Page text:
This past summer I attended a truck driving course at Central New Mexico Community College here in Albuquerque. It was 12 weeks of rather intense work, but I received my CDL and a Professional Truck Drivers’ Institute Certificate.
I read your page about Port-a-Potties in trucking and wonder how large a sleeper you have. Our truck’s 63″ sleeper has precious little room for a Port-a-Potty.
Response from Vicki:
Hello, Craig. Congratulations on your decision to become a professional truck driver!
As you may have read on our site, there were two things on the packing list that my husband Mike and I had from the very beginning of our days as a husband and wife truck driving team:
– a portable toilet and
– a device in which to keep food cold (which is what we now call part of meal preparation).
For our first trucking job after completing truck driver training school, we were assigned to drive a Freightliner double decker. This tractor was much smaller than the Freightliner FLD 70″ raised roof sleeper cab to which we were next assigned, but we made room for the Porta Potti in all of the trucks we drove in the walkway between the lower bunk and the passenger seat.
As you may have guessed, these tractors were all equipped with a sleeper berth area and hence were not day cabs. Take a look at the photo and info we have on our truck organization page to see where we put stuff in one of the trucks we’ve driven over the years.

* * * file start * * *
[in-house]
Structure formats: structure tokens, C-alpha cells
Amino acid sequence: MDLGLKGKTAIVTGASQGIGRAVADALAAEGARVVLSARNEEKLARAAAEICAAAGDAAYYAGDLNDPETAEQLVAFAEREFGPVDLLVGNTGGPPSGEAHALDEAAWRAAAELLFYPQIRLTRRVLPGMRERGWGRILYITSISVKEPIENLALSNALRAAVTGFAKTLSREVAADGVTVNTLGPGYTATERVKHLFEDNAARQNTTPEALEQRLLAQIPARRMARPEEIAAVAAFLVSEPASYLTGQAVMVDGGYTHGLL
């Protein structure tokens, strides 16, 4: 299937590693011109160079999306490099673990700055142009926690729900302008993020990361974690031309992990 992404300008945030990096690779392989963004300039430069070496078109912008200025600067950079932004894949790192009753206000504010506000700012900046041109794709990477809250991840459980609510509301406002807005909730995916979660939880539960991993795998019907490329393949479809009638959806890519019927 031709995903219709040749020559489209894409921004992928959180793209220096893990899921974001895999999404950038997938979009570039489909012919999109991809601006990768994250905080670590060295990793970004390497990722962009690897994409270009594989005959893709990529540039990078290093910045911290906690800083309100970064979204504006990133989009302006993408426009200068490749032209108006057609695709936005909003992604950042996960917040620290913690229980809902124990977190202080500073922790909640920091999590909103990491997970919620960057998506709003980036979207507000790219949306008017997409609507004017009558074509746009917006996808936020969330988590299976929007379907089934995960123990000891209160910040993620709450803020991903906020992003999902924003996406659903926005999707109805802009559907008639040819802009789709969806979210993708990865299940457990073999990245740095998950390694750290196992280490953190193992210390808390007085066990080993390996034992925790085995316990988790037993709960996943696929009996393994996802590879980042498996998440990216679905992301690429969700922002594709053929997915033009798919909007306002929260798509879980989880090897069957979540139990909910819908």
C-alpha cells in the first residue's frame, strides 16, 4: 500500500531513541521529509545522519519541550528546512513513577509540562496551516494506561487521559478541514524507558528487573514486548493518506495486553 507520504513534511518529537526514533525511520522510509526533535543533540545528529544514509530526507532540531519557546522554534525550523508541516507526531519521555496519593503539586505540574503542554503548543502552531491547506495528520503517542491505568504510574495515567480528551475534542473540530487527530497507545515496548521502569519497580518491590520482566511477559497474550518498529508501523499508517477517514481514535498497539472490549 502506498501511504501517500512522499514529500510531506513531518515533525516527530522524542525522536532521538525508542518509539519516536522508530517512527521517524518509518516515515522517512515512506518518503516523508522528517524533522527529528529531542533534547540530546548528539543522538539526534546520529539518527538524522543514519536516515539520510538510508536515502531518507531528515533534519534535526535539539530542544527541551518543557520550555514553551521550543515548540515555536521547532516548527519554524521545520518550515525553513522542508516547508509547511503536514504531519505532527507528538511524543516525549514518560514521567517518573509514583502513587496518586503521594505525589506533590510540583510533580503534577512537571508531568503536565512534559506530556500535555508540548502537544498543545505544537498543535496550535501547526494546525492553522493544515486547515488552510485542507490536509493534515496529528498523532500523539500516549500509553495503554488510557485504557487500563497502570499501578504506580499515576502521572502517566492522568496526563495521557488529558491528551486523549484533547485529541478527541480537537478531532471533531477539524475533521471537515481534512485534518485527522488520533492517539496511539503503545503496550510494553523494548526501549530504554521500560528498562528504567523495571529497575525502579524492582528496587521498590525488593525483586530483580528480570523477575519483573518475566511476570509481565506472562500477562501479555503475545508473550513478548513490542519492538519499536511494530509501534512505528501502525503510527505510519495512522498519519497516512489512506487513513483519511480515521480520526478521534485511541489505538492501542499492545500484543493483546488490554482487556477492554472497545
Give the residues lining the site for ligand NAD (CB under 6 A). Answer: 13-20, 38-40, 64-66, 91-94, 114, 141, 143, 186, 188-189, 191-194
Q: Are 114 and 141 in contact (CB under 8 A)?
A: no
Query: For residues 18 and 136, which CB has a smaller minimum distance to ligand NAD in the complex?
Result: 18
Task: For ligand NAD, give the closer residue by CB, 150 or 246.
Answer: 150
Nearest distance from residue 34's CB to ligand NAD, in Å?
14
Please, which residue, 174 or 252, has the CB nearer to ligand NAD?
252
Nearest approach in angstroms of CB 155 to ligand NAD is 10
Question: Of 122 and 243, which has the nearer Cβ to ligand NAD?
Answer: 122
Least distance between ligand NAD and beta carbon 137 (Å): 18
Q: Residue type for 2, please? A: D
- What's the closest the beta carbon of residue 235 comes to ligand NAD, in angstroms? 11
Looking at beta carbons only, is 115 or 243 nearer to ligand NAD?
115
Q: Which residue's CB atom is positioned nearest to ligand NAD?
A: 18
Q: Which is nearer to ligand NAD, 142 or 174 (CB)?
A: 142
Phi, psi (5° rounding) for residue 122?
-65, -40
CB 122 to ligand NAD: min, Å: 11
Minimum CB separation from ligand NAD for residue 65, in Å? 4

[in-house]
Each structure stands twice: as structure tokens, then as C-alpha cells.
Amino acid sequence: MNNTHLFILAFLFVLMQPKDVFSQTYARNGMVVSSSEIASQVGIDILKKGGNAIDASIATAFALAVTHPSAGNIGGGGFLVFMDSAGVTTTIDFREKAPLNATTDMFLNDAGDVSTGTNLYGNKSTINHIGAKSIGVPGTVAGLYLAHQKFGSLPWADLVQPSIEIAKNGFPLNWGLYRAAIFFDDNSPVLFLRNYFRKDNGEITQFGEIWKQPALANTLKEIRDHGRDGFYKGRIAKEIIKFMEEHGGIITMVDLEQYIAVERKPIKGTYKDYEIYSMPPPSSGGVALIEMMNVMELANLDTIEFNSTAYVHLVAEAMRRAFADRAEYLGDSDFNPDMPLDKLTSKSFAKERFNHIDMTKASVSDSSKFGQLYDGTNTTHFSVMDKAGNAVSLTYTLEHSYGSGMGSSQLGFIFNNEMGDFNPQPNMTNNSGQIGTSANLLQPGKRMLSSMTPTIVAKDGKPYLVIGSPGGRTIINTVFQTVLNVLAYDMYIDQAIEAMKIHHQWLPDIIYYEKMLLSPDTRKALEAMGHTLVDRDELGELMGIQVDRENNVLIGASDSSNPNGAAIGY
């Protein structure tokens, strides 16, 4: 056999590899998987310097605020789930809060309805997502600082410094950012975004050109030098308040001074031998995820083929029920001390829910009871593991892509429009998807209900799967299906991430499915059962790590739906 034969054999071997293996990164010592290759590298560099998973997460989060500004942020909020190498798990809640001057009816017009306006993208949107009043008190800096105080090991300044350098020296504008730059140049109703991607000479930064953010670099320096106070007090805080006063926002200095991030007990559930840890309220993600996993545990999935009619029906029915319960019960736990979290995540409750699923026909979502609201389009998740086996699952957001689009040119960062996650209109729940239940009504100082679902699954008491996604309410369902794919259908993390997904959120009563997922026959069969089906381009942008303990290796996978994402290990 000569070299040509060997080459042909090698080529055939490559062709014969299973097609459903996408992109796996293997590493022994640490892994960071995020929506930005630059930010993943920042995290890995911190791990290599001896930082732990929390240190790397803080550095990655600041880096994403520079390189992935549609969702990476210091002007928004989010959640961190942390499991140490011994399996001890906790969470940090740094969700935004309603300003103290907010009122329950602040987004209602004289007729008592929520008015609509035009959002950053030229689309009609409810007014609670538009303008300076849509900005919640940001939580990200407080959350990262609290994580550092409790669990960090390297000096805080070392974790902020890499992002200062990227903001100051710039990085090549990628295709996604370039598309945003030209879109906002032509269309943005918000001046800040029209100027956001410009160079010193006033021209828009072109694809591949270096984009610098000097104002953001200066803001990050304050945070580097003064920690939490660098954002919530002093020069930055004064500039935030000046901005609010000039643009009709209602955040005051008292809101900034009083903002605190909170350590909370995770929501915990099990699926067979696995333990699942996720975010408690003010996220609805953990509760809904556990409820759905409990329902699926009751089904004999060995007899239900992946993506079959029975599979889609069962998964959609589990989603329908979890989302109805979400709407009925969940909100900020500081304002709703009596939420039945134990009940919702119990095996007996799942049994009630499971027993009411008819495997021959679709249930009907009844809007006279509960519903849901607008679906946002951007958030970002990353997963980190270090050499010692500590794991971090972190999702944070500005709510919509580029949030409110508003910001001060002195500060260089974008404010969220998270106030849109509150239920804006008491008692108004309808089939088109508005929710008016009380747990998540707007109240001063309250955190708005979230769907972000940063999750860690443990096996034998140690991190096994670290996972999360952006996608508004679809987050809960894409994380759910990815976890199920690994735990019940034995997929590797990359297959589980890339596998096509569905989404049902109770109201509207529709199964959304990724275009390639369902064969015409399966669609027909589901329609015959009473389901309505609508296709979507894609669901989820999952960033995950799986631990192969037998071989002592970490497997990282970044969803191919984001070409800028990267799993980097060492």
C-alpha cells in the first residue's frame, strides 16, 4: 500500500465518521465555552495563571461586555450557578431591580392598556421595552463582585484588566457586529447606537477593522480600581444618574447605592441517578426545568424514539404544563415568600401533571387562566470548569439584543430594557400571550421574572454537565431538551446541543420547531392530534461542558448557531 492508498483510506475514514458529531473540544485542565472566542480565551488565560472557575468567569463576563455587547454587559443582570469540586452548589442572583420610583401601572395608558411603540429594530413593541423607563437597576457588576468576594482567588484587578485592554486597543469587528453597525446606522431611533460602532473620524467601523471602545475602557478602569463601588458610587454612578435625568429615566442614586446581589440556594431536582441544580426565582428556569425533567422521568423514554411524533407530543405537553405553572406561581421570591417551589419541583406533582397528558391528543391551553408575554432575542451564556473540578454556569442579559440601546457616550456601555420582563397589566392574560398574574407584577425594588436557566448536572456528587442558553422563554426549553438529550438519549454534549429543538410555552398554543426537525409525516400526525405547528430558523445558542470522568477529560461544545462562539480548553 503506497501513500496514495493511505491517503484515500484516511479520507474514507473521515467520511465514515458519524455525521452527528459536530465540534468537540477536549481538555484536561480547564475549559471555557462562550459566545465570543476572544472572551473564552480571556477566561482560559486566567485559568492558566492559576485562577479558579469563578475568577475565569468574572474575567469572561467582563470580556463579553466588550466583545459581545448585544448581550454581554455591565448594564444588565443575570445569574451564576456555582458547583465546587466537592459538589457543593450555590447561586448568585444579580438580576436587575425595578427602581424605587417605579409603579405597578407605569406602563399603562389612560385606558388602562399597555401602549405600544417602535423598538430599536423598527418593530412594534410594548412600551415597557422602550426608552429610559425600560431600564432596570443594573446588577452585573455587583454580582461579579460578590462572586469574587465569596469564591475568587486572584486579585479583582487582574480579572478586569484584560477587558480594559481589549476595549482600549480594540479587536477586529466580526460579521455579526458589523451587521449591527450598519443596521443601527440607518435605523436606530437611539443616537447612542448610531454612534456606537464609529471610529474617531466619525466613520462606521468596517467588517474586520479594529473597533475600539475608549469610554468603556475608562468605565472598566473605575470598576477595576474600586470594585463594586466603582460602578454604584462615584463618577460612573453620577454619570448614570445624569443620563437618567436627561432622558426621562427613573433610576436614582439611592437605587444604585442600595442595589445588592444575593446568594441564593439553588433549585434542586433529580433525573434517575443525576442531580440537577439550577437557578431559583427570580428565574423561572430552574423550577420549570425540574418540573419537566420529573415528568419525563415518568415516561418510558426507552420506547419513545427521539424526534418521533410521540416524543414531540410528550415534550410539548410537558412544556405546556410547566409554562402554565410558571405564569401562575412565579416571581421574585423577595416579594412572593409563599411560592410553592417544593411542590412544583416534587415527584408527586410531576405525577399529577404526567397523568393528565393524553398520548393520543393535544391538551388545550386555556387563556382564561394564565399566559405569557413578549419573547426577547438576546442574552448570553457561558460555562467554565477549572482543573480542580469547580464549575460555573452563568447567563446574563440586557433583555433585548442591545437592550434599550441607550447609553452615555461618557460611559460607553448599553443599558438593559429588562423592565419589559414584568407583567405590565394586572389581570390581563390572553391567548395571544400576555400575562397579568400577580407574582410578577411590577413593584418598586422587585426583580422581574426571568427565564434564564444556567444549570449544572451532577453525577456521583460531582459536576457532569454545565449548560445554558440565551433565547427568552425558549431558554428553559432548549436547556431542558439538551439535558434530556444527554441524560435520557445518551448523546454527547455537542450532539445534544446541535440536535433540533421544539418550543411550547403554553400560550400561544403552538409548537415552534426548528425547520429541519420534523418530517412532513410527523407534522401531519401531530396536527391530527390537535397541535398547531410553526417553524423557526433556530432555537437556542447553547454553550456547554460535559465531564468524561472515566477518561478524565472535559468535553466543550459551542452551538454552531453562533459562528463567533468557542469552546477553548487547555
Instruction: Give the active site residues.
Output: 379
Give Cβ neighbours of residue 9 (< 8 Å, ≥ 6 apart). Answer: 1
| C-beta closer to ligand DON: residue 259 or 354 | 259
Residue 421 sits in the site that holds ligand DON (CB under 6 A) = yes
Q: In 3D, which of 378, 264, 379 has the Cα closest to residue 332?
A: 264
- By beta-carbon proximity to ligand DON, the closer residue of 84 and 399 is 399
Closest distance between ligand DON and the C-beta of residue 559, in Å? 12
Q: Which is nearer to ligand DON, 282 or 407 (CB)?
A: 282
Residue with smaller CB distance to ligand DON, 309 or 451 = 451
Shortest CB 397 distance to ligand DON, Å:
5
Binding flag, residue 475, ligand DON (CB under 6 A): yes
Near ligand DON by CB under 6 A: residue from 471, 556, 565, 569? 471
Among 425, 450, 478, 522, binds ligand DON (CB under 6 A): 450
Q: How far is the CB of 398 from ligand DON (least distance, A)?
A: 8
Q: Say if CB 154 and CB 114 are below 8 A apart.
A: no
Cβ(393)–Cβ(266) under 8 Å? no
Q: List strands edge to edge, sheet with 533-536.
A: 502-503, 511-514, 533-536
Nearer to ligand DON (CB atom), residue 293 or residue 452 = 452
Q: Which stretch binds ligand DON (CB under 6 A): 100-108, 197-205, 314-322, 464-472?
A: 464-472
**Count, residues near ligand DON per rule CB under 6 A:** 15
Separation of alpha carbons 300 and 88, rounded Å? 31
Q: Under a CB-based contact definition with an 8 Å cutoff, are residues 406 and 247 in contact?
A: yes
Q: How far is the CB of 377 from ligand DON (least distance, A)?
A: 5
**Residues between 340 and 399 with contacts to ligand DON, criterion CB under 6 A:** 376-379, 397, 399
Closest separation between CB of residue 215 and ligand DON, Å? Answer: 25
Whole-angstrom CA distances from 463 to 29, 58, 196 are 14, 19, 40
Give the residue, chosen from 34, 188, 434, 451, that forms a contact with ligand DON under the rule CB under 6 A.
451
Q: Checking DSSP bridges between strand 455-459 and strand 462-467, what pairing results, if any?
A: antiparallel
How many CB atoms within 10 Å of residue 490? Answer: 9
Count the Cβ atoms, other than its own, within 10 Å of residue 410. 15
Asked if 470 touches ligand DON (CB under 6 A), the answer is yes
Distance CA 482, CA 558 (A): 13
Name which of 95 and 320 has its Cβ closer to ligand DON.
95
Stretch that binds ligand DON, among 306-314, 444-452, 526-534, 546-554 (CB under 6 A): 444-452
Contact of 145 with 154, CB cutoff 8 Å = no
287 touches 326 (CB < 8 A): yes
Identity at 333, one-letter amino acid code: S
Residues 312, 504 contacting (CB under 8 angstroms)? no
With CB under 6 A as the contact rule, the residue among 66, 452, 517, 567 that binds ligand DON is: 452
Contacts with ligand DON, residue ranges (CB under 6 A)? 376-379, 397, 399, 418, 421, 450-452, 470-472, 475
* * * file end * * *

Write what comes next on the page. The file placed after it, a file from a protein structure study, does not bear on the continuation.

A trucker will make room in his truck — reasonably speaking — for the things that he/she deems are important. If you’re going to be living in your truck a lot, it makes sense to outfit your rig with things that reflect your priorities. For us, we wanted to save money and the best way to do that was not to spend a large percentage of our money on restaurant food and not to have to take excess time out of our schedules by having to find places to use restroom facilities.
After writing our page about portable toilets, I wrote a page with 10 reasons to consider having one in one’s truck.
Please bear in mind that some trucking companies forbid the use of porta potties in their company trucks (as did one company for whom Mike drove for a little over a year). To us, it is a matter of logic: trucking company employees are given access to clean bathroom facilities in their work places, so if a trucker’s workplace is his truck, why shouldn’t he be allowed to have a portable toilet there?
We’ve never experienced a waste holding tank leak from one of these devices (the thing that I think trucking companies dread) — and we always kept ours clean. So there were no issues.
We wish you well in your decision regarding having and using a portable toilet in your truck. When you get your truck set up, we’d like to know how it goes for you. Would you please take a few moments to submit a photo or two along with your comments through the form on our packing list page? Thanks in advance.
We also wish you safe travels and lots of money saving opportunities on the road.